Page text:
“I remember thinking I’ve been totally let down here, I should not be feeling like this.”
Kevin said being in the police unearthed harrowing flashbacks of his army days in Iraq.
Frontline work as PC triggered Iraq flashbacks
A troop corporal of the Royal Dragoon Guards, he endured incidents that affected him, including a close call with a potential killer and the grim discovery of a suicide bomber’s body discarded in a cardboard box at the side of the road.
“The main incident that really affected me was an explosion at Basra Palace,” he recalled.
“A car had exploded and there were the bodies of two men inside.
“I had to man a very close cordon around the vehicle for around five hours.
“When the bomb disposal team eventually arrived, they scanned the car for more explosives and found another bomb.
“Ten minutes later, it went off. The fact that I had been standing there all that time really got to me.”
Kevin said he had put the images to the back of his mind by the time he joined Cheshire Police in 2008.
'They didn't give a damn about us'
Based in Ellesmere Port, he described the first few 18 months of the job as ‘fine’, but in 2010, he started to feel like things ‘weren’t quite right’.
“I started having palpitations around the time the budget cuts came into play.
“Back room staff were being made redundant and us front line officers were having to pick up more work.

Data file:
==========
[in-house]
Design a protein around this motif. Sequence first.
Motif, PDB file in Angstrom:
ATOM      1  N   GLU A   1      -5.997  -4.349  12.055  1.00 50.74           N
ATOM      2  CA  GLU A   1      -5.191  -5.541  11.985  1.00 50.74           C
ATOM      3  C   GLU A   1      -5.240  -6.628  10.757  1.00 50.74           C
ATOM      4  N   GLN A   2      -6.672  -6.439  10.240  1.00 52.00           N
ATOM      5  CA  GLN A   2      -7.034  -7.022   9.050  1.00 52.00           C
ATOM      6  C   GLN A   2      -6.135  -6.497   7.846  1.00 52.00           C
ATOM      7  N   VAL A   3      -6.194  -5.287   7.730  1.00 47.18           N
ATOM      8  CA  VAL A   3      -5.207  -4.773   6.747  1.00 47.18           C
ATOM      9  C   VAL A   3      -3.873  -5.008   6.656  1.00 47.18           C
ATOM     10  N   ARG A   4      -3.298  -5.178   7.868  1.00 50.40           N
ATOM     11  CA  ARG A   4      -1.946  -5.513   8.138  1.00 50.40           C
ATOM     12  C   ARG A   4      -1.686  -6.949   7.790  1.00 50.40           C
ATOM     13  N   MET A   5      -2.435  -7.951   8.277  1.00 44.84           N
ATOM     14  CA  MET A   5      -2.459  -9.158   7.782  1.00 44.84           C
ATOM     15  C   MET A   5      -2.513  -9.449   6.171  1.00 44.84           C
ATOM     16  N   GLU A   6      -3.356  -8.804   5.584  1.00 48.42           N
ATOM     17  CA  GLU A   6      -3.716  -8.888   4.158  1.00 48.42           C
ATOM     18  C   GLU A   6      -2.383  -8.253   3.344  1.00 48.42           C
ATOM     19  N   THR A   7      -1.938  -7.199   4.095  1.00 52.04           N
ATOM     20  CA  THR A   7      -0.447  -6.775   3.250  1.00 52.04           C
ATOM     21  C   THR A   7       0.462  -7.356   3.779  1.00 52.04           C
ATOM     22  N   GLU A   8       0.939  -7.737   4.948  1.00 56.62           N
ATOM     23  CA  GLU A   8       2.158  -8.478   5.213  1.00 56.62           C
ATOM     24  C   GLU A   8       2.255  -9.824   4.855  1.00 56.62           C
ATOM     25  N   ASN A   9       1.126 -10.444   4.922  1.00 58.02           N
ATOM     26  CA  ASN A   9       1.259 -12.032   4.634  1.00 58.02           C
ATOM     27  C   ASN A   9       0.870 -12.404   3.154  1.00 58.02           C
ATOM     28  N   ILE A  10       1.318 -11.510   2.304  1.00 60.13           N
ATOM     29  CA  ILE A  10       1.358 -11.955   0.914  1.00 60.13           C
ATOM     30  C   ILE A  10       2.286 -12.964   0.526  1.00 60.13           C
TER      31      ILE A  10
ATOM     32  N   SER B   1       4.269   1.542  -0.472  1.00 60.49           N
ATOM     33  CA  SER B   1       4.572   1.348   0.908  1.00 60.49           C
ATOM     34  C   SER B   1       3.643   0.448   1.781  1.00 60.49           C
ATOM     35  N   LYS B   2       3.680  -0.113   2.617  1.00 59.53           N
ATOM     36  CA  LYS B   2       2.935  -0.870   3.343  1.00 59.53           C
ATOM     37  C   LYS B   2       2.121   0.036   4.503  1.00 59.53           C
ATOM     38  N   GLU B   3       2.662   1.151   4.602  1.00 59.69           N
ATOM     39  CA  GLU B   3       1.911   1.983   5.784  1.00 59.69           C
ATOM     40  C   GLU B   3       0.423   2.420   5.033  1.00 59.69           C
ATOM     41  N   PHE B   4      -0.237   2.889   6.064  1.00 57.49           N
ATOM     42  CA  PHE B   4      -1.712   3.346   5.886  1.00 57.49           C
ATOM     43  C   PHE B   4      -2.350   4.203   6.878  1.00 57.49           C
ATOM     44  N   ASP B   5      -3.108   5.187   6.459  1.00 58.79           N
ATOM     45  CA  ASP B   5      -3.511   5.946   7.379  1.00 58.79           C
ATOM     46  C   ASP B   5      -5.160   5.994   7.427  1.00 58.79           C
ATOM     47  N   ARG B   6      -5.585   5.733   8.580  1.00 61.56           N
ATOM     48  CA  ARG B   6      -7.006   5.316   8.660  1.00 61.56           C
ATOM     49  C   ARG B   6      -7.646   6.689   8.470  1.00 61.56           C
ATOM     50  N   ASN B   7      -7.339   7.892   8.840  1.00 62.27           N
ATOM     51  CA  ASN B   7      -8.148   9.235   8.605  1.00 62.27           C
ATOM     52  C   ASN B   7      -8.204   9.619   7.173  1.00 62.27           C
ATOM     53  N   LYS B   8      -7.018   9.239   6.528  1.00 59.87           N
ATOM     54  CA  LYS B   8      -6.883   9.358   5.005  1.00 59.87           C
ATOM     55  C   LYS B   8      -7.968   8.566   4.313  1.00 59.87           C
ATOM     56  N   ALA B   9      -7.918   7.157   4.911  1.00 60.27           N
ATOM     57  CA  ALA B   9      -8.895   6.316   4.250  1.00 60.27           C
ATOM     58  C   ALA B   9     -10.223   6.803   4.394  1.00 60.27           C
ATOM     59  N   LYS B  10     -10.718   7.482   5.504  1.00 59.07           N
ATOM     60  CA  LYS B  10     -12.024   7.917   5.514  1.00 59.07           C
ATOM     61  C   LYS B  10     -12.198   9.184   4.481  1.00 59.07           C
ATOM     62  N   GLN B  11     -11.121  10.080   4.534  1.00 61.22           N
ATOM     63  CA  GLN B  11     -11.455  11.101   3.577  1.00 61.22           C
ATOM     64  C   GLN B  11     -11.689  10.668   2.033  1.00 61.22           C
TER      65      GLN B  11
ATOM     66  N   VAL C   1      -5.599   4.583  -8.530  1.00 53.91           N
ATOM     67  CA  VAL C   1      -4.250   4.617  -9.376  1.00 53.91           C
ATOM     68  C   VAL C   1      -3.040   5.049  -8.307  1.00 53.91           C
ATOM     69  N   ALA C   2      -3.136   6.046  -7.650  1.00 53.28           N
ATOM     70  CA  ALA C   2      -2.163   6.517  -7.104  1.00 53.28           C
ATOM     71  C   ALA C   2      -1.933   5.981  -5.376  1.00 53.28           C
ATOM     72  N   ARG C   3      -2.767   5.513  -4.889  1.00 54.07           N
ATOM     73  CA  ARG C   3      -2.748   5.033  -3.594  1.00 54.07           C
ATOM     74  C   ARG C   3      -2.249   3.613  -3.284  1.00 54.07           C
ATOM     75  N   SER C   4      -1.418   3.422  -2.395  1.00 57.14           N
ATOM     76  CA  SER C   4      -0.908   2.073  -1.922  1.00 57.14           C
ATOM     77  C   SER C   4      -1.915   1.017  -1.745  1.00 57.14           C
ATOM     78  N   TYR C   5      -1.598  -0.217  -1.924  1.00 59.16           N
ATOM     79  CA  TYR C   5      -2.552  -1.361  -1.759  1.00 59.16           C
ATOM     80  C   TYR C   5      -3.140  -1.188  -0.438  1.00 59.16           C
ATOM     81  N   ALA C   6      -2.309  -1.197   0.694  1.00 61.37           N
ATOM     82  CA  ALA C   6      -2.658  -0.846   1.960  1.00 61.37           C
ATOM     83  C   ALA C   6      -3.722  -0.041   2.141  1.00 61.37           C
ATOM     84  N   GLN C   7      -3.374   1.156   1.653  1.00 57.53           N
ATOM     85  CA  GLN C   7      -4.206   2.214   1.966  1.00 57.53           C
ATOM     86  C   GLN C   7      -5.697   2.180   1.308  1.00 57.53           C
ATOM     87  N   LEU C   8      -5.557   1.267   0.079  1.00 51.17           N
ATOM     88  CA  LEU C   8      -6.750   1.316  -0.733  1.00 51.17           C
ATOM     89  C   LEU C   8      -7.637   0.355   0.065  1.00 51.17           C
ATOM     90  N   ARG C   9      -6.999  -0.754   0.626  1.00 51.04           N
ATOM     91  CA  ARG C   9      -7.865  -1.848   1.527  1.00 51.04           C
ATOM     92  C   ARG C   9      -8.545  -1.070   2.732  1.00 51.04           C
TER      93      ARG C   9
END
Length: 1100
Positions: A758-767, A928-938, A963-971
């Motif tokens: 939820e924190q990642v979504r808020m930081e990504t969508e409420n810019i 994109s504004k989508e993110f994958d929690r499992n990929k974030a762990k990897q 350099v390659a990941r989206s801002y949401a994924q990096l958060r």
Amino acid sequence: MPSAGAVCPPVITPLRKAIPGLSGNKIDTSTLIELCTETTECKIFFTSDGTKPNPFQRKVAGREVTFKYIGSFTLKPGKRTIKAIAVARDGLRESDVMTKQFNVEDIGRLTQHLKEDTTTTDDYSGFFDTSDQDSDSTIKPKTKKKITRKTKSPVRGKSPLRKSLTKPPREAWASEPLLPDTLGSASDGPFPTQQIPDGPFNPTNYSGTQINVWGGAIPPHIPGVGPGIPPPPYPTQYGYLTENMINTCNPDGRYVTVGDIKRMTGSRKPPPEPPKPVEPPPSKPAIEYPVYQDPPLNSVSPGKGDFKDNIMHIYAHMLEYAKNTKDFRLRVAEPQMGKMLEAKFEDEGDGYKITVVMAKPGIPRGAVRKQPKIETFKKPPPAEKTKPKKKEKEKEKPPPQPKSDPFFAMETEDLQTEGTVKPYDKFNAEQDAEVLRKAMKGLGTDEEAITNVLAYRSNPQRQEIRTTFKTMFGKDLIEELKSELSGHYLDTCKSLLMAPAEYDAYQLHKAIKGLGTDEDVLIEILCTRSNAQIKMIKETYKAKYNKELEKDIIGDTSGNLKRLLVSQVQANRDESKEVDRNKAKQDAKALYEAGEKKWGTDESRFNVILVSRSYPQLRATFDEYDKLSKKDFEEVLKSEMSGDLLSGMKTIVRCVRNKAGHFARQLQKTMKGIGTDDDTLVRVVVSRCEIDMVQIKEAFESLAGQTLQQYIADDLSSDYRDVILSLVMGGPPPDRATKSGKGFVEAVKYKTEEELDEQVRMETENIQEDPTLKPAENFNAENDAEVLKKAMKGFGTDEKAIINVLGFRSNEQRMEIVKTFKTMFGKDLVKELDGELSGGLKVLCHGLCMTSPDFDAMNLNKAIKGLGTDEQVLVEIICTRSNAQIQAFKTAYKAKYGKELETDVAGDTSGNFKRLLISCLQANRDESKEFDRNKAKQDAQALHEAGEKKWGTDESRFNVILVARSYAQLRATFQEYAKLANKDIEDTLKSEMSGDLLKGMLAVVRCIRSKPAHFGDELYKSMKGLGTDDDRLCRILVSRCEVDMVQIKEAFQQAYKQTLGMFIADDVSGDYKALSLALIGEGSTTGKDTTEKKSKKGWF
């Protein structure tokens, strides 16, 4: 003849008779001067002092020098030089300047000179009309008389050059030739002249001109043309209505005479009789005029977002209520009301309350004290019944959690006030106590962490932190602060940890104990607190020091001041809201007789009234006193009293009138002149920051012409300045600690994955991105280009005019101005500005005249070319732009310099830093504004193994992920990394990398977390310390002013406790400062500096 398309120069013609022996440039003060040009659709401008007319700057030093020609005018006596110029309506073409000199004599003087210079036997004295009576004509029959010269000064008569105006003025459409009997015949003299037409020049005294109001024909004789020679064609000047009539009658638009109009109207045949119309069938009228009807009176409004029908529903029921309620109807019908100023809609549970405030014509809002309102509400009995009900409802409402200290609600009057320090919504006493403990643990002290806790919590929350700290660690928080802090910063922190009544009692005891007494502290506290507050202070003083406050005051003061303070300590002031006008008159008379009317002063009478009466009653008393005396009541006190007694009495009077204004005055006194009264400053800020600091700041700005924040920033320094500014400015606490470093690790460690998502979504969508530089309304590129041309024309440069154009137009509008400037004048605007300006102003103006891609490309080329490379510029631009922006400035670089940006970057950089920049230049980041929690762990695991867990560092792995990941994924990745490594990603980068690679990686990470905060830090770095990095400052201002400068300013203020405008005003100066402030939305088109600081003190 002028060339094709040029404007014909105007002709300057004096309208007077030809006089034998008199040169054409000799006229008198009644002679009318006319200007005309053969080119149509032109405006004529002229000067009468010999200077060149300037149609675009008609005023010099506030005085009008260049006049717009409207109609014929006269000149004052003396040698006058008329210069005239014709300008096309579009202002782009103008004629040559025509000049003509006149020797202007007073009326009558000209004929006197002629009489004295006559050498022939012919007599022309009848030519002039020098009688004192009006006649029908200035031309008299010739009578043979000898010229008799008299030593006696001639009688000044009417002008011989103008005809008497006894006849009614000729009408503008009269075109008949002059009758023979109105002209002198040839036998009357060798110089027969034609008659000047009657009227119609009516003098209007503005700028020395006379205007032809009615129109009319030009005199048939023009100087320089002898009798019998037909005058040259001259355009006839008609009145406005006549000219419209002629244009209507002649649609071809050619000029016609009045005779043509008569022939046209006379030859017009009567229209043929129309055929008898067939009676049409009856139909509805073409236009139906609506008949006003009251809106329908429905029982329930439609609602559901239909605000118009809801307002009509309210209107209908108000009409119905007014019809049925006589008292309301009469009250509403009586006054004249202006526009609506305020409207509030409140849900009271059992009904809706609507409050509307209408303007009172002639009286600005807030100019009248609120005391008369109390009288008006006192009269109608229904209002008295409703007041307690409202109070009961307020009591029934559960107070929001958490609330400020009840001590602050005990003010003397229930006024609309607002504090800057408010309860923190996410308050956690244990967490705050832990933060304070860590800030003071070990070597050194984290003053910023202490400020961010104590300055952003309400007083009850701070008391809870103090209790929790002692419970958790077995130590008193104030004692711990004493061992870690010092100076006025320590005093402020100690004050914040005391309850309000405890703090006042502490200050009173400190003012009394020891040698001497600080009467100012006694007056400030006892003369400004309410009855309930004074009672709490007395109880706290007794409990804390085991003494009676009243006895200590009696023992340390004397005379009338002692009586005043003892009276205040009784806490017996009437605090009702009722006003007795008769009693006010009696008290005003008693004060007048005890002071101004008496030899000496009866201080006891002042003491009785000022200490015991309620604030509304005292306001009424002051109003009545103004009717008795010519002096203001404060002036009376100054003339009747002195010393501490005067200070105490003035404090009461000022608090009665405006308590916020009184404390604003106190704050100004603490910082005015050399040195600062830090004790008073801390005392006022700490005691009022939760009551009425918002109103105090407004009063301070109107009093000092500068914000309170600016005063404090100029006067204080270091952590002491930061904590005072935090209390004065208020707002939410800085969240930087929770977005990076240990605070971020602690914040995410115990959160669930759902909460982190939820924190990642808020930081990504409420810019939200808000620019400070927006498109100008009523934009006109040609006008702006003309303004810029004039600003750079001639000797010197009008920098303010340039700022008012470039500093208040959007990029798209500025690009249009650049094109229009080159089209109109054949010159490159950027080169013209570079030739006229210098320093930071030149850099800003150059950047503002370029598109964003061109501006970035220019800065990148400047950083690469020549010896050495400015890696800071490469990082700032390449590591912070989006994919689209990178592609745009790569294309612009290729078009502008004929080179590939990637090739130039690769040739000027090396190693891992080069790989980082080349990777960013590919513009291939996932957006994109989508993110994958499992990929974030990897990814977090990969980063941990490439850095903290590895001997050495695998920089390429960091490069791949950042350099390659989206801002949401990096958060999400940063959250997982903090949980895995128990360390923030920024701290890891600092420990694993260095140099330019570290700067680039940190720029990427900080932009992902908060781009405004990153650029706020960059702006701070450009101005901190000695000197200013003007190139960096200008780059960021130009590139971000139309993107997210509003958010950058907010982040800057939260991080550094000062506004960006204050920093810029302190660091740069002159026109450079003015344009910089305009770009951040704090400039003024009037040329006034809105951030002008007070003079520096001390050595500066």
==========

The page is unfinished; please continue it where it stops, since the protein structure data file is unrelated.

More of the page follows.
“The problem developed to sleeplessness to the point where I would be worrying about the day ahead of me and was feeling anxious because the workload would increase.
“I started having panic attacks and during my journey to work, I would be sweating.”
Kevin described long shifts with no breaks and even claims to have been the only response officer left covering the whole of Ellesmere Port while other stations were ‘cannibalised’ to cover Chester Races.
“I felt that was wrong and that’s when I thought, they don’t give a damn about us.
“The volatile incidents that I was having to deal with were also triggering flashbacks.”
Kevin was signed off sick in September 2013 after an episode that left him feeling disorientated.
Work related stress took a heavy toll
He was prescribed antidepressants and told he was suffering with work-related stress.
“I was supposed to have a monthly welfare visit from my inspector and sergeant, but I didn’t see my inspector for four months.
“After I did see him on January 24, I was told he circulated an email to all officers telling them to carefully consider going off sick because it will affect other colleagues and increase their workloads.
“I hit the roof because I was the 19th out of 65 officers in Ellesmere Port to go off sick – that’s a third of the workforce.”
Kevin, who admitted he has considered suicide several times in the last 16 months, was diagnosed with complex PTSD in June 2014.
Now he is trying to piece his life back together with help from local charities and is also in the throws of an intensive therapy course.
“Being a soldier and then a police officer made me feel like I shouldn’t have any weaknesses, that I’m not a real man if I can’t cope with basic day to day things,” he said.
“The fact is, I can’t deal with things and I’ve lost everything.
“If not for the stress of the police and the lack of resources and support for front line officers, I would still have my family, my job - with support - and my health.”